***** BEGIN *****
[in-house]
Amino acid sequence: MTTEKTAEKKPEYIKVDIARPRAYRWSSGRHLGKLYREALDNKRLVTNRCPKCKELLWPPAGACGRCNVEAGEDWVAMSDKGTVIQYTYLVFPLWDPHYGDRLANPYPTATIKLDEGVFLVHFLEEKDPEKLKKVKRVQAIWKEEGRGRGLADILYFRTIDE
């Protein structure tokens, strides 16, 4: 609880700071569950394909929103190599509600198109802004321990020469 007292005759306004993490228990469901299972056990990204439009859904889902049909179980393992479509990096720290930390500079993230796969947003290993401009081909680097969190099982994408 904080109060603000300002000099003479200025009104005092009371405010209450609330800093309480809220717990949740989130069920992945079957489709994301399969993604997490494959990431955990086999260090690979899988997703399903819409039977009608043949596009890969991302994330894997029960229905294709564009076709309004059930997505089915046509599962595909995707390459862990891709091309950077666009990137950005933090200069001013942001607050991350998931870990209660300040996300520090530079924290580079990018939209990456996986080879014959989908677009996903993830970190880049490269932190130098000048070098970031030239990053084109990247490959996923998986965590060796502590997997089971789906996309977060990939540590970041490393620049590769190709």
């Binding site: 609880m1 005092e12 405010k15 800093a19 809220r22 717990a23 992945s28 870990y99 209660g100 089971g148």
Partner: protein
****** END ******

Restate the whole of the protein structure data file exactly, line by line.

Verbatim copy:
[in-house]
Amino acid sequence: MTTEKTAEKKPEYIKVDIARPRAYRWSSGRHLGKLYREALDNKRLVTNRCPKCKELLWPPAGACGRCNVEAGEDWVAMSDKGTVIQYTYLVFPLWDPHYGDRLANPYPTATIKLDEGVFLVHFLEEKDPEKLKKVKRVQAIWKEEGRGRGLADILYFRTIDE
């Protein structure tokens, strides 16, 4: 609880700071569950394909929103190599509600198109802004321990020469 007292005759306004993490228990469901299972056990990204439009859904889902049909179980393992479509990096720290930390500079993230796969947003290993401009081909680097969190099982994408 904080109060603000300002000099003479200025009104005092009371405010209450609330800093309480809220717990949740989130069920992945079957489709994301399969993604997490494959990431955990086999260090690979899988997703399903819409039977009608043949596009890969991302994330894997029960229905294709564009076709309004059930997505089915046509599962595909995707390459862990891709091309950077666009990137950005933090200069001013942001607050991350998931870990209660300040996300520090530079924290580079990018939209990456996986080879014959989908677009996903993830970190880049490269932190130098000048070098970031030239990053084109990247490959996923998986965590060796502590997997089971789906996309977060990939540590970041490393620049590769190709």
């Binding site: 609880m1 005092e12 405010k15 800093a19 809220r22 717990a23 992945s28 870990y99 209660g100 089971g148």
Partner: protein